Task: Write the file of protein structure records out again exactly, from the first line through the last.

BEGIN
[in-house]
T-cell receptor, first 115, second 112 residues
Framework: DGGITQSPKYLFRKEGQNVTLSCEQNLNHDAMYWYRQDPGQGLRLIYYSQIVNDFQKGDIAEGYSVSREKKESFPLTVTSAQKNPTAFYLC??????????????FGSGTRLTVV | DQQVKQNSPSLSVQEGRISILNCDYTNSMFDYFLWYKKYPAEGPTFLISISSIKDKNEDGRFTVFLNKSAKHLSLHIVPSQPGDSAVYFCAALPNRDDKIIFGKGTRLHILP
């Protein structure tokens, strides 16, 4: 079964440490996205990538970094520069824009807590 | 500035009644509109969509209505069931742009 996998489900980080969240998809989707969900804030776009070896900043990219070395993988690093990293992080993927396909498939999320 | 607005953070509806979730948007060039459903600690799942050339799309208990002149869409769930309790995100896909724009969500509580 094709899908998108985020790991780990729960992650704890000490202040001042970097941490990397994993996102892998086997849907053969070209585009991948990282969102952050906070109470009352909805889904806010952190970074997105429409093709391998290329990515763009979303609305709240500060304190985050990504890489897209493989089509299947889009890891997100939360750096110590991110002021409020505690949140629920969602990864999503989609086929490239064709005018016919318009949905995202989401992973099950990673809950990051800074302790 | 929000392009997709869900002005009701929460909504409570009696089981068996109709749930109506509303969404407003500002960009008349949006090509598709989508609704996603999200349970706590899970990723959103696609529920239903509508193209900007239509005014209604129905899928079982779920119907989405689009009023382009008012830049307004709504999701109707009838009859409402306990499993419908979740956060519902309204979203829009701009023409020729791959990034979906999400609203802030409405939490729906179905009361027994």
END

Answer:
[in-house]
T-cell receptor, first 115, second 112 residues
Framework: DGGITQSPKYLFRKEGQNVTLSCEQNLNHDAMYWYRQDPGQGLRLIYYSQIVNDFQKGDIAEGYSVSREKKESFPLTVTSAQKNPTAFYLC??????????????FGSGTRLTVV | DQQVKQNSPSLSVQEGRISILNCDYTNSMFDYFLWYKKYPAEGPTFLISISSIKDKNEDGRFTVFLNKSAKHLSLHIVPSQPGDSAVYFCAALPNRDDKIIFGKGTRLHILP
């Protein structure tokens, strides 16, 4: 079964440490996205990538970094520069824009807590 | 500035009644509109969509209505069931742009 996998489900980080969240998809989707969900804030776009070896900043990219070395993988690093990293992080993927396909498939999320 | 607005953070509806979730948007060039459903600690799942050339799309208990002149869409769930309790995100896909724009969500509580 094709899908998108985020790991780990729960992650704890000490202040001042970097941490990397994993996102892998086997849907053969070209585009991948990282969102952050906070109470009352909805889904806010952190970074997105429409093709391998290329990515763009979303609305709240500060304190985050990504890489897209493989089509299947889009890891997100939360750096110590991110002021409020505690949140629920969602990864999503989609086929490239064709005018016919318009949905995202989401992973099950990673809950990051800074302790 | 929000392009997709869900002005009701929460909504409570009696089981068996109709749930109506509303969404407003500002960009008349949006090509598709989508609704996603999200349970706590899970990723959103696609529920239903509508193209900007239509005014209604129905899928079982779920119907989405689009009023382009008012830049307004709504999701109707009838009859409402306990499993419908979740956060519902309204979203829009701009023409020729791959990034979906999400609203802030409405939490729906179905009361027994």